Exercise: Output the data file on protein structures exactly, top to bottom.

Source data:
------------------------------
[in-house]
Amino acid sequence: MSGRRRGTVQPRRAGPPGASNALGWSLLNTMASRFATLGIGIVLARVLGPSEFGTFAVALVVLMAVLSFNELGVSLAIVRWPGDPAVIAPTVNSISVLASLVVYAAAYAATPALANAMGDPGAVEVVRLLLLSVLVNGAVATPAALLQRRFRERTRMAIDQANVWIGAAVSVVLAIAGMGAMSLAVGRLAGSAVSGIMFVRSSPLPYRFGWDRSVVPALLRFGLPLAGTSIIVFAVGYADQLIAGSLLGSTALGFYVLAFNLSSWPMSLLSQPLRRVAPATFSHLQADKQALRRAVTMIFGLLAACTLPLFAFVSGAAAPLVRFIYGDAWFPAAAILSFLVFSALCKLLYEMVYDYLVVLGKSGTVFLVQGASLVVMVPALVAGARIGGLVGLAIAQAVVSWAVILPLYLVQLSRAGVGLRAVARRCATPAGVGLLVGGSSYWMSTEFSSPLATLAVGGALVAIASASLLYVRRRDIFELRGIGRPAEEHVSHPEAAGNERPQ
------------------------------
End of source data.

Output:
[in-house]
Amino acid sequence: MSGRRRGTVQPRRAGPPGASNALGWSLLNTMASRFATLGIGIVLARVLGPSEFGTFAVALVVLMAVLSFNELGVSLAIVRWPGDPAVIAPTVNSISVLASLVVYAAAYAATPALANAMGDPGAVEVVRLLLLSVLVNGAVATPAALLQRRFRERTRMAIDQANVWIGAAVSVVLAIAGMGAMSLAVGRLAGSAVSGIMFVRSSPLPYRFGWDRSVVPALLRFGLPLAGTSIIVFAVGYADQLIAGSLLGSTALGFYVLAFNLSSWPMSLLSQPLRRVAPATFSHLQADKQALRRAVTMIFGLLAACTLPLFAFVSGAAAPLVRFIYGDAWFPAAAILSFLVFSALCKLLYEMVYDYLVVLGKSGTVFLVQGASLVVMVPALVAGARIGGLVGLAIAQAVVSWAVILPLYLVQLSRAGVGLRAVARRCATPAGVGLLVGGSSYWMSTEFSSPLATLAVGGALVAIASASLLYVRRRDIFELRGIGRPAEEHVSHPEAAGNERPQ